Every string starts out (again, internally) as a binary/latin1 string. The buffer is upgraded when that is needed or convenient. The internal representation of a text string may change, but the string that you, the Perl programmer, work with, is consistent: your chr 0x80 stays 128, regardless of the internal encoding for it.

        You do have to be extra careful not to mix binary with text, because that either makes perl interpret the binary as latin1-encoded text, or the text buffer (which can be latin1 or utf8) as binary.

        Binary string can be safely used without explicitly mentioning that they are binary. This is a feature that ensures backwards compatibility, and a deliberate hole in the abstraction layer, that shouldn't hurt anyone except those who fail to separate binary from text :)

        I recommend saying "decode the binary input to a text string" instead of "convert the string to Perl's internal format", because that would suggest that before conversion it would be something other than a Perl string. The distinction is not "internal format" versus "external format", it is also not "latin1" versus "utf8", it is not "utf8 flagged" versus "not utf8 flagged", and it is certainly not "not flagged" versus "unicode".

        The distinction is "binary string" versus "text string" and the classification of a string should live in the mind of the programmer, because it doesn't live in perl's internals. Binary and text are inherently different, even though they look much alike.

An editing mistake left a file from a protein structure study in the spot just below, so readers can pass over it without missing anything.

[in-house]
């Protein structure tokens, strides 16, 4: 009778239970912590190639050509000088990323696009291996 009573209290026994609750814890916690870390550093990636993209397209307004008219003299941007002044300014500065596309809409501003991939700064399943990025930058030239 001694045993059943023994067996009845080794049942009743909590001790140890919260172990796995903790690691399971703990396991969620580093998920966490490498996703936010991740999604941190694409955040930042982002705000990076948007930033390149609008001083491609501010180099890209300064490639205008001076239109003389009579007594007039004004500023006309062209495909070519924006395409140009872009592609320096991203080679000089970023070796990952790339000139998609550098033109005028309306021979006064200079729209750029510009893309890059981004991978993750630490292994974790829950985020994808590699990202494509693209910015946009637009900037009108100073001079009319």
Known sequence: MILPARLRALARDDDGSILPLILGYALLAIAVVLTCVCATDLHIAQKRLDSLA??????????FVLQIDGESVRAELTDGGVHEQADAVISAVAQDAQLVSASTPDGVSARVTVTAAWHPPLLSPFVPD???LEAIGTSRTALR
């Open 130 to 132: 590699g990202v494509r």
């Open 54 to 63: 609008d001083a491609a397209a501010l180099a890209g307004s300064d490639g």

Compare it to packed numbers versus "numeric Perl values", because that's very much the same thing: the internal representation of a number is scaled up and down based on whatever happens with a number, while pack provides a way to get a certain encoding of the number, resulting in a binary string. Similarly, the internal representation of a text string is scaled up and down based on whatever happens with the string, while encode provides a way to get a certain encoding of the text string, resulting in a binary string. The problem with the two string kinds is that they share a single data type.

        Juerd # { site => 'juerd.nl', do_not_use => 'spamtrap', perl6_server => 'feather' }

        Sadly enough many modules don't document how and if at all they handle encoding issues, so sometimes I do need a method to check that.

        Maybe http://juerd.nl/perladvice can be of a little help.

Re^4: Unicode substitution regex conundrum
by Polyglot (Monk) on Oct 17, 2007 at 03:35 UTC
    Well, I'm stumped. The program will match the spaces properly when doing a split// but not when doing a s///. I have now set the attribute on the HTML form to UTF8. I have inserted the code posted earlier, and still nothing. So, to demonstrate the exact conundrum I am up against, I have reduced my code to just the barest essentials for testing this UTF8 regex.